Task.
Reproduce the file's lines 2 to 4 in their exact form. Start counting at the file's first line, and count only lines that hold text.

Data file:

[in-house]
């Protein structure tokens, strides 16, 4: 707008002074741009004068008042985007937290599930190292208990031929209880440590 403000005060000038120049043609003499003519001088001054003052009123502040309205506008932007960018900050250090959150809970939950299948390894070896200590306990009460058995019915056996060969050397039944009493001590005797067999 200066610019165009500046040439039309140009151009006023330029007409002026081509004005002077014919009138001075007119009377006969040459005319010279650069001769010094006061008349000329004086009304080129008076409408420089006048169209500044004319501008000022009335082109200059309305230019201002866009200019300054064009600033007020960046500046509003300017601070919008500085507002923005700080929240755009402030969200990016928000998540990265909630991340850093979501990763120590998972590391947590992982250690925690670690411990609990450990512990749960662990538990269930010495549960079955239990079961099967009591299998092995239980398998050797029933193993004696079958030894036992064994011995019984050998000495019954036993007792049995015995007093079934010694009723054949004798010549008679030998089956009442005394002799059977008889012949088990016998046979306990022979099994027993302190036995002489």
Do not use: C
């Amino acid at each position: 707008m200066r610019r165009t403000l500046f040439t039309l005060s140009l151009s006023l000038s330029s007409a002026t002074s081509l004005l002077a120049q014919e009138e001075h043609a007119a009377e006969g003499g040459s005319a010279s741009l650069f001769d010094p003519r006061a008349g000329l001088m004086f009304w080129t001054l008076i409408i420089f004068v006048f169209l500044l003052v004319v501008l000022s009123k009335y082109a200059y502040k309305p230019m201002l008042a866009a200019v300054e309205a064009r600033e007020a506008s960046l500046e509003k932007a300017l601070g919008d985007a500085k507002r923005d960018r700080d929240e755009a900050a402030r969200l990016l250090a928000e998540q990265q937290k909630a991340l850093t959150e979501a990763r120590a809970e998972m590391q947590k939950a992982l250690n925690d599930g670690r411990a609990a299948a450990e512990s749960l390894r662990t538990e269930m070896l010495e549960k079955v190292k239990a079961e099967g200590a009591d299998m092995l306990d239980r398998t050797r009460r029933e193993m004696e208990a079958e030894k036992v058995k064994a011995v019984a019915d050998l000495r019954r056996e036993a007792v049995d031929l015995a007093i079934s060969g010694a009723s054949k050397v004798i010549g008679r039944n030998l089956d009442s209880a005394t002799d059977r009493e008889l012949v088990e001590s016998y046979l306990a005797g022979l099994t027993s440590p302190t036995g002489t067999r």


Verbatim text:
């Protein structure tokens, strides 16, 4: 707008002074741009004068008042985007937290599930190292208990031929209880440590 403000005060000038120049043609003499003519001088001054003052009123502040309205506008932007960018900050250090959150809970939950299948390894070896200590306990009460058995019915056996060969050397039944009493001590005797067999 200066610019165009500046040439039309140009151009006023330029007409002026081509004005002077014919009138001075007119009377006969040459005319010279650069001769010094006061008349000329004086009304080129008076409408420089006048169209500044004319501008000022009335082109200059309305230019201002866009200019300054064009600033007020960046500046509003300017601070919008500085507002923005700080929240755009402030969200990016928000998540990265909630991340850093979501990763120590998972590391947590992982250690925690670690411990609990450990512990749960662990538990269930010495549960079955239990079961099967009591299998092995239980398998050797029933193993004696079958030894036992064994011995019984050998000495019954036993007792049995015995007093079934010694009723054949004798010549008679030998089956009442005394002799059977008889012949088990016998046979306990022979099994027993302190036995002489």
Do not use: C
């Amino acid at each position: 707008m200066r610019r165009t403000l500046f040439t039309l005060s140009l151009s006023l000038s330029s007409a002026t002074s081509l004005l002077a120049q014919e009138e001075h043609a007119a009377e006969g003499g040459s005319a010279s741009l650069f001769d010094p003519r006061a008349g000329l001088m004086f009304w080129t001054l008076i409408i420089f004068v006048f169209l500044l003052v004319v501008l000022s009123k009335y082109a200059y502040k309305p230019m201002l008042a866009a200019v300054e309205a064009r600033e007020a506008s960046l500046e509003k932007a300017l601070g919008d985007a500085k507002r923005d960018r700080d929240e755009a900050a402030r969200l990016l250090a928000e998540q990265q937290k909630a991340l850093t959150e979501a990763r120590a809970e998972m590391q947590k939950a992982l250690n925690d599930g670690r411990a609990a299948a450990e512990s749960l390894r662990t538990e269930m070896l010495e549960k079955v190292k239990a079961e099967g200590a009591d299998m092995l306990d239980r398998t050797r009460r029933e193993m004696e208990a079958e030894k036992v058995k064994a011995v019984a019915d050998l000495r019954r056996e036993a007792v049995d031929l015995a007093i079934s060969g010694a009723s054949k050397v004798i010549g008679r039944n030998l089956d009442s209880a005394t002799d059977r009493e008889l012949v088990e001590s016998y046979l306990a005797g022979l099994t027993s440590p302190t036995g002489t067999r």